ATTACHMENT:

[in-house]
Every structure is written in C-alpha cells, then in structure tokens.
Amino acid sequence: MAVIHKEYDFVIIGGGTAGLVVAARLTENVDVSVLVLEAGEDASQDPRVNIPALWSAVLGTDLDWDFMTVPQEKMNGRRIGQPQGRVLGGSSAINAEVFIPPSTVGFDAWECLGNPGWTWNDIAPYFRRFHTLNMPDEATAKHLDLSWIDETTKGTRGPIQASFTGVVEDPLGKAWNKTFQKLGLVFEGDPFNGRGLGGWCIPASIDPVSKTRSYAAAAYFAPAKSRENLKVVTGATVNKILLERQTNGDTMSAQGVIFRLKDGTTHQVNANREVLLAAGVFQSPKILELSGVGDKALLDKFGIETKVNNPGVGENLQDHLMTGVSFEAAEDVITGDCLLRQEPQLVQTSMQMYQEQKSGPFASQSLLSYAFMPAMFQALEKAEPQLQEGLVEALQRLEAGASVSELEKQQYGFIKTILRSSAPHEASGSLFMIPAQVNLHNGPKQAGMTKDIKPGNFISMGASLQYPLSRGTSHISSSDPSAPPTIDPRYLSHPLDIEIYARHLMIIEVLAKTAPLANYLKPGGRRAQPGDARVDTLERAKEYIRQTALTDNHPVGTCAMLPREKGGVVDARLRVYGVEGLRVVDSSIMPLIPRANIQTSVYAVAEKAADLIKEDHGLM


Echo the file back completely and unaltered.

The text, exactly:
[in-house]
Every structure is written in C-alpha cells, then in structure tokens.
Amino acid sequence: MAVIHKEYDFVIIGGGTAGLVVAARLTENVDVSVLVLEAGEDASQDPRVNIPALWSAVLGTDLDWDFMTVPQEKMNGRRIGQPQGRVLGGSSAINAEVFIPPSTVGFDAWECLGNPGWTWNDIAPYFRRFHTLNMPDEATAKHLDLSWIDETTKGTRGPIQASFTGVVEDPLGKAWNKTFQKLGLVFEGDPFNGRGLGGWCIPASIDPVSKTRSYAAAAYFAPAKSRENLKVVTGATVNKILLERQTNGDTMSAQGVIFRLKDGTTHQVNANREVLLAAGVFQSPKILELSGVGDKALLDKFGIETKVNNPGVGENLQDHLMTGVSFEAAEDVITGDCLLRQEPQLVQTSMQMYQEQKSGPFASQSLLSYAFMPAMFQALEKAEPQLQEGLVEALQRLEAGASVSELEKQQYGFIKTILRSSAPHEASGSLFMIPAQVNLHNGPKQAGMTKDIKPGNFISMGASLQYPLSRGTSHISSSDPSAPPTIDPRYLSHPLDIEIYARHLMIIEVLAKTAPLANYLKPGGRRAQPGDARVDTLERAKEYIRQTALTDNHPVGTCAMLPREKGGVVDARLRVYGVEGLRVVDSSIMPLIPRANIQTSVYAVAEKAADLIKEDHGLM